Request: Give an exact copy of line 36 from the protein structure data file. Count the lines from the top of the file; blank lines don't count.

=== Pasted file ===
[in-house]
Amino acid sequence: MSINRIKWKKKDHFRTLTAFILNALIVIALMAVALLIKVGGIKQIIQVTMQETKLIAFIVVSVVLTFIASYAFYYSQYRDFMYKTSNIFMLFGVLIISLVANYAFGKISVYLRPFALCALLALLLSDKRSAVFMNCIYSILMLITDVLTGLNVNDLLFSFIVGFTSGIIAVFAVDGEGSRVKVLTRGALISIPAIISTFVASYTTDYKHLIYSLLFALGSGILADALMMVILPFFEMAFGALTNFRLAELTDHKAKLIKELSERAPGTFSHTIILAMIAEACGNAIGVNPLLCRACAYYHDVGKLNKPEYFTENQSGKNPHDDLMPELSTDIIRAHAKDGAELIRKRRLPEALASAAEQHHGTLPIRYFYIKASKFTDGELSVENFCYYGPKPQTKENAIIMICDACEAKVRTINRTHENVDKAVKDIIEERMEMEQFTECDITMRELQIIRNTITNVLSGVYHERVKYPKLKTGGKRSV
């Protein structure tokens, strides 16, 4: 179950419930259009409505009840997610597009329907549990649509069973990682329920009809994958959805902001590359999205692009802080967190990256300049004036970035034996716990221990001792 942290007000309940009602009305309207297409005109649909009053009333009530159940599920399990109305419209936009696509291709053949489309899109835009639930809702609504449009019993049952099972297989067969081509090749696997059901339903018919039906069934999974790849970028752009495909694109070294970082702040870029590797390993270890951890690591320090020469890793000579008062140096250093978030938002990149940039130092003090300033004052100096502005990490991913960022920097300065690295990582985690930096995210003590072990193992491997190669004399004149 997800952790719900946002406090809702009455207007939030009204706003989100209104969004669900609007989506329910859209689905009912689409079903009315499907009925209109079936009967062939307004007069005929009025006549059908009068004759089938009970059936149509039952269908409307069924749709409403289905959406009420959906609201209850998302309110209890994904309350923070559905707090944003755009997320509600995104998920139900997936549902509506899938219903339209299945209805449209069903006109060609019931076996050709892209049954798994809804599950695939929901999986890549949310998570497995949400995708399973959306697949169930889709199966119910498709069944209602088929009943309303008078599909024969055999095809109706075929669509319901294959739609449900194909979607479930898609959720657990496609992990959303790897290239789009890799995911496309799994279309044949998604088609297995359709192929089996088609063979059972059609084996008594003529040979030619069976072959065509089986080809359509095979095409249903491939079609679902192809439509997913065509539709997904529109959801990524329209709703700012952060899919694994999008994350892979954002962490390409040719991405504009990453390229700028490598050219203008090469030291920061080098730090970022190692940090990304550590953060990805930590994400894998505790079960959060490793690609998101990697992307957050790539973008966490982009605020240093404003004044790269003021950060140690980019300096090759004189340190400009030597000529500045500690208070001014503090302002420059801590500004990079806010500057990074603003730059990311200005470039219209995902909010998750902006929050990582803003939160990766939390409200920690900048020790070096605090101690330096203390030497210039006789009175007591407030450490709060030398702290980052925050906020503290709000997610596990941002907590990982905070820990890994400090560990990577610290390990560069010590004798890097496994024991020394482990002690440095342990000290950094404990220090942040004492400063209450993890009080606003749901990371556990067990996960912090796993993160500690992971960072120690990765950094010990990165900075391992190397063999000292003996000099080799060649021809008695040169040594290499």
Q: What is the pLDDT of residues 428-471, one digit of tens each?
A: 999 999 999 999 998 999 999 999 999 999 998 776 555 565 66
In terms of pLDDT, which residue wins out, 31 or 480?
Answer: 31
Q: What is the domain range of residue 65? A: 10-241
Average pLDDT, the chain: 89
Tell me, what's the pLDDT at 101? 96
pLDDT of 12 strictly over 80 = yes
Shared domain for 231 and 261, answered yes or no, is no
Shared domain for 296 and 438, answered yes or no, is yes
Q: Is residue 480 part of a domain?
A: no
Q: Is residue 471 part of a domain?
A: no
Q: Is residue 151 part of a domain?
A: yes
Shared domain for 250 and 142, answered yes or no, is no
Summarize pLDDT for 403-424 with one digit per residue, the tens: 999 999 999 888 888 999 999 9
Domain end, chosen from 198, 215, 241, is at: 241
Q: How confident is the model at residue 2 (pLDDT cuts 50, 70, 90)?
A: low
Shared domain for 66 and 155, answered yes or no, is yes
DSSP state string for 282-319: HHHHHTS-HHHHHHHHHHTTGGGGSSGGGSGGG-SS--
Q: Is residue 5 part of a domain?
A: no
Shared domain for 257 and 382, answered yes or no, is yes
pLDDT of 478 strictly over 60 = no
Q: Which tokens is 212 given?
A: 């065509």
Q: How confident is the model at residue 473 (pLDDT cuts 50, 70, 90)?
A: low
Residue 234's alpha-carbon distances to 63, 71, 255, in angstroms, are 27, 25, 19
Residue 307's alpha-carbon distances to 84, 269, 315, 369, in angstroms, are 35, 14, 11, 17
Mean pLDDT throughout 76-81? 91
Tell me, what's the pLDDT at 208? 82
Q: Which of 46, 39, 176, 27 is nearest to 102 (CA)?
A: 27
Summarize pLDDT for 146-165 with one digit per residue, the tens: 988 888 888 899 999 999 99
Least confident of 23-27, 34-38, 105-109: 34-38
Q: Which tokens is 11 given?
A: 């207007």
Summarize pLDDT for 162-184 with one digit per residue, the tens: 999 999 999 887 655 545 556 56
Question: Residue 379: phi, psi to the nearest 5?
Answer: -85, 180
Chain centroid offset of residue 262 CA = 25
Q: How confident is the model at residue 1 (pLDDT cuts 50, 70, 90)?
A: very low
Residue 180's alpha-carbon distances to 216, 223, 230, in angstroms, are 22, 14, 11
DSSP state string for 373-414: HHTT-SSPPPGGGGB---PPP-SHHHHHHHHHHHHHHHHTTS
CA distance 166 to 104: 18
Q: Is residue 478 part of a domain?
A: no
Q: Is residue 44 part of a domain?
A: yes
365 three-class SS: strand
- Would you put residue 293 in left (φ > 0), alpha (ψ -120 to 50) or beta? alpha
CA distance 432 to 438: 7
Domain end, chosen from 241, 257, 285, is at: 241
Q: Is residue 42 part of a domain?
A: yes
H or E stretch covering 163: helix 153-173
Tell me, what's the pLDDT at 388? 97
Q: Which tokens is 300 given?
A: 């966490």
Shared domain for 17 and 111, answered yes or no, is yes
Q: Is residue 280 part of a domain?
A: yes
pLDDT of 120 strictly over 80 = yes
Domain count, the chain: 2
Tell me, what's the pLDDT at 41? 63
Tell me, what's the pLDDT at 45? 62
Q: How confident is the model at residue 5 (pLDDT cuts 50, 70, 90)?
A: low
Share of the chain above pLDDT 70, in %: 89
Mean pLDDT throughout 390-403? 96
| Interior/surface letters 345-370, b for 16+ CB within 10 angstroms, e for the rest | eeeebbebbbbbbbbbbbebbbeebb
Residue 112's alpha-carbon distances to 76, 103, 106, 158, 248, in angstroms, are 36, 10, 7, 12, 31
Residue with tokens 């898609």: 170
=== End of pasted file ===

Residue 307's alpha-carbon distances to 84, 269, 315, 369, in angstroms, are 35, 14, 11, 17